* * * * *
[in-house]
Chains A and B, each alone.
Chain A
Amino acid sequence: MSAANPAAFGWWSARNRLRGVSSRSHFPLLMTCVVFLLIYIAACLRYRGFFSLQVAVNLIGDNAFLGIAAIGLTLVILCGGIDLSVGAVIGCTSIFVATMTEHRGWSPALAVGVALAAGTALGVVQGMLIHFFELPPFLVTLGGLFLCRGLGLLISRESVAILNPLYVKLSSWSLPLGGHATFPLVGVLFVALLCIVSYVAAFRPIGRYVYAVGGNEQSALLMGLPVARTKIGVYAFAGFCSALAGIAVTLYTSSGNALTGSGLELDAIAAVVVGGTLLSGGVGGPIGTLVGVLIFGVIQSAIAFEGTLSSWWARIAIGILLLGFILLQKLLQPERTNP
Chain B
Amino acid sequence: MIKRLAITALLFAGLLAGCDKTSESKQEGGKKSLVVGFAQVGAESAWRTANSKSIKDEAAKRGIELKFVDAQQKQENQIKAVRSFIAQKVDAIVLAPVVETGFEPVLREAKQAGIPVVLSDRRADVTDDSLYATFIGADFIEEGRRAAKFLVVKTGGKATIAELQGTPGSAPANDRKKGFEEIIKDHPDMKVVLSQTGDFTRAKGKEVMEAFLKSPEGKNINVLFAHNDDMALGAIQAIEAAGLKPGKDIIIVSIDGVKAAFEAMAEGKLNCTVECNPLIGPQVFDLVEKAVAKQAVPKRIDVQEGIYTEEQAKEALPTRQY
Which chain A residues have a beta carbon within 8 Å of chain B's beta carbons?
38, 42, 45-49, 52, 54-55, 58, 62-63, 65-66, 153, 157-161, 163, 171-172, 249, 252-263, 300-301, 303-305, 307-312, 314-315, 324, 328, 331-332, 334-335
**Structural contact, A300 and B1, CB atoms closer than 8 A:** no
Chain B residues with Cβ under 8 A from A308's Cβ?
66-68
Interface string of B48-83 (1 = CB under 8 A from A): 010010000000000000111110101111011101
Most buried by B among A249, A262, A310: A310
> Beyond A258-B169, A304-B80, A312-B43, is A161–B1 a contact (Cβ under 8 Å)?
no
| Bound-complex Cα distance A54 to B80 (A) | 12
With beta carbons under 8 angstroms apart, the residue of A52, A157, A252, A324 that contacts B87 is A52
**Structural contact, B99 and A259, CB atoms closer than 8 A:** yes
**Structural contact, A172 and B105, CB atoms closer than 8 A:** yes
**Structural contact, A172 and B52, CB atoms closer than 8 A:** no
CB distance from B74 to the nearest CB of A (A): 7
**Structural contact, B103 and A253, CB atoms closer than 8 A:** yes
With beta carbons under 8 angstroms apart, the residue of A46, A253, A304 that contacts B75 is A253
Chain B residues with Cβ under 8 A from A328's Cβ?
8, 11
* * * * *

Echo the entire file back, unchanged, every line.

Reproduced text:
[in-house]
Chains A and B, each alone.
Chain A
Amino acid sequence: MSAANPAAFGWWSARNRLRGVSSRSHFPLLMTCVVFLLIYIAACLRYRGFFSLQVAVNLIGDNAFLGIAAIGLTLVILCGGIDLSVGAVIGCTSIFVATMTEHRGWSPALAVGVALAAGTALGVVQGMLIHFFELPPFLVTLGGLFLCRGLGLLISRESVAILNPLYVKLSSWSLPLGGHATFPLVGVLFVALLCIVSYVAAFRPIGRYVYAVGGNEQSALLMGLPVARTKIGVYAFAGFCSALAGIAVTLYTSSGNALTGSGLELDAIAAVVVGGTLLSGGVGGPIGTLVGVLIFGVIQSAIAFEGTLSSWWARIAIGILLLGFILLQKLLQPERTNP
Chain B
Amino acid sequence: MIKRLAITALLFAGLLAGCDKTSESKQEGGKKSLVVGFAQVGAESAWRTANSKSIKDEAAKRGIELKFVDAQQKQENQIKAVRSFIAQKVDAIVLAPVVETGFEPVLREAKQAGIPVVLSDRRADVTDDSLYATFIGADFIEEGRRAAKFLVVKTGGKATIAELQGTPGSAPANDRKKGFEEIIKDHPDMKVVLSQTGDFTRAKGKEVMEAFLKSPEGKNINVLFAHNDDMALGAIQAIEAAGLKPGKDIIIVSIDGVKAAFEAMAEGKLNCTVECNPLIGPQVFDLVEKAVAKQAVPKRIDVQEGIYTEEQAKEALPTRQY
Which chain A residues have a beta carbon within 8 Å of chain B's beta carbons?
38, 42, 45-49, 52, 54-55, 58, 62-63, 65-66, 153, 157-161, 163, 171-172, 249, 252-263, 300-301, 303-305, 307-312, 314-315, 324, 328, 331-332, 334-335
**Structural contact, A300 and B1, CB atoms closer than 8 A:** no
Chain B residues with Cβ under 8 A from A308's Cβ?
66-68
Interface string of B48-83 (1 = CB under 8 A from A): 010010000000000000111110101111011101
Most buried by B among A249, A262, A310: A310
> Beyond A258-B169, A304-B80, A312-B43, is A161–B1 a contact (Cβ under 8 Å)?
no
| Bound-complex Cα distance A54 to B80 (A) | 12
With beta carbons under 8 angstroms apart, the residue of A52, A157, A252, A324 that contacts B87 is A52
**Structural contact, B99 and A259, CB atoms closer than 8 A:** yes
**Structural contact, A172 and B105, CB atoms closer than 8 A:** yes
**Structural contact, A172 and B52, CB atoms closer than 8 A:** no
CB distance from B74 to the nearest CB of A (A): 7
**Structural contact, B103 and A253, CB atoms closer than 8 A:** yes
With beta carbons under 8 angstroms apart, the residue of A46, A253, A304 that contacts B75 is A253
Chain B residues with Cβ under 8 A from A328's Cβ?
8, 11